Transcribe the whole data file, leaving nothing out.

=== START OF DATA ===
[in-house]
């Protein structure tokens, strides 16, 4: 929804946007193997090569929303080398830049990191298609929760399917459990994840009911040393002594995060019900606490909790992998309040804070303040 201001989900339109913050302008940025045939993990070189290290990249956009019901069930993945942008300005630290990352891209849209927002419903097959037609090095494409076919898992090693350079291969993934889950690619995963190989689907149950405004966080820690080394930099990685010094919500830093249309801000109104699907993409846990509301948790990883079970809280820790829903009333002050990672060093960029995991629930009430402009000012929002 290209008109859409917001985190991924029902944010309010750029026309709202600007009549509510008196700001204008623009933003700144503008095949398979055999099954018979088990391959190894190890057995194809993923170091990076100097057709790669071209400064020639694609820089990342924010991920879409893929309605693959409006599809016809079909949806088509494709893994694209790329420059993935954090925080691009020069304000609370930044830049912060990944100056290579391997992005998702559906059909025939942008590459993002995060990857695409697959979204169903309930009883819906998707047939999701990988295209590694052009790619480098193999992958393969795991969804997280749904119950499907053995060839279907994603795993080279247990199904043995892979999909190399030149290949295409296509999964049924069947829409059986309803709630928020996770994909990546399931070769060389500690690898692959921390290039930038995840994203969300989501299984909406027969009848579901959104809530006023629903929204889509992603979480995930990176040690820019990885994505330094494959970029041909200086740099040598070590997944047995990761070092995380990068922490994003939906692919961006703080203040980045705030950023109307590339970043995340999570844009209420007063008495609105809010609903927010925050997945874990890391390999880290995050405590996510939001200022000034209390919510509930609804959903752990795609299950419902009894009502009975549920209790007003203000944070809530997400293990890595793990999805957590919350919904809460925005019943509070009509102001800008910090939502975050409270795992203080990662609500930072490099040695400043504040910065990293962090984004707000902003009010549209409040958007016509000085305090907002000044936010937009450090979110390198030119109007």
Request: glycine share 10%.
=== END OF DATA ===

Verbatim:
[in-house]
């Protein structure tokens, strides 16, 4: 929804946007193997090569929303080398830049990191298609929760399917459990994840009911040393002594995060019900606490909790992998309040804070303040 201001989900339109913050302008940025045939993990070189290290990249956009019901069930993945942008300005630290990352891209849209927002419903097959037609090095494409076919898992090693350079291969993934889950690619995963190989689907149950405004966080820690080394930099990685010094919500830093249309801000109104699907993409846990509301948790990883079970809280820790829903009333002050990672060093960029995991629930009430402009000012929002 290209008109859409917001985190991924029902944010309010750029026309709202600007009549509510008196700001204008623009933003700144503008095949398979055999099954018979088990391959190894190890057995194809993923170091990076100097057709790669071209400064020639694609820089990342924010991920879409893929309605693959409006599809016809079909949806088509494709893994694209790329420059993935954090925080691009020069304000609370930044830049912060990944100056290579391997992005998702559906059909025939942008590459993002995060990857695409697959979204169903309930009883819906998707047939999701990988295209590694052009790619480098193999992958393969795991969804997280749904119950499907053995060839279907994603795993080279247990199904043995892979999909190399030149290949295409296509999964049924069947829409059986309803709630928020996770994909990546399931070769060389500690690898692959921390290039930038995840994203969300989501299984909406027969009848579901959104809530006023629903929204889509992603979480995930990176040690820019990885994505330094494959970029041909200086740099040598070590997944047995990761070092995380990068922490994003939906692919961006703080203040980045705030950023109307590339970043995340999570844009209420007063008495609105809010609903927010925050997945874990890391390999880290995050405590996510939001200022000034209390919510509930609804959903752990795609299950419902009894009502009975549920209790007003203000944070809530997400293990890595793990999805957590919350919904809460925005019943509070009509102001800008910090939502975050409270795992203080990662609500930072490099040695400043504040910065990293962090984004707000902003009010549209409040958007016509000085305090907002000044936010937009450090979110390198030119109007």
Request: glycine share 10%.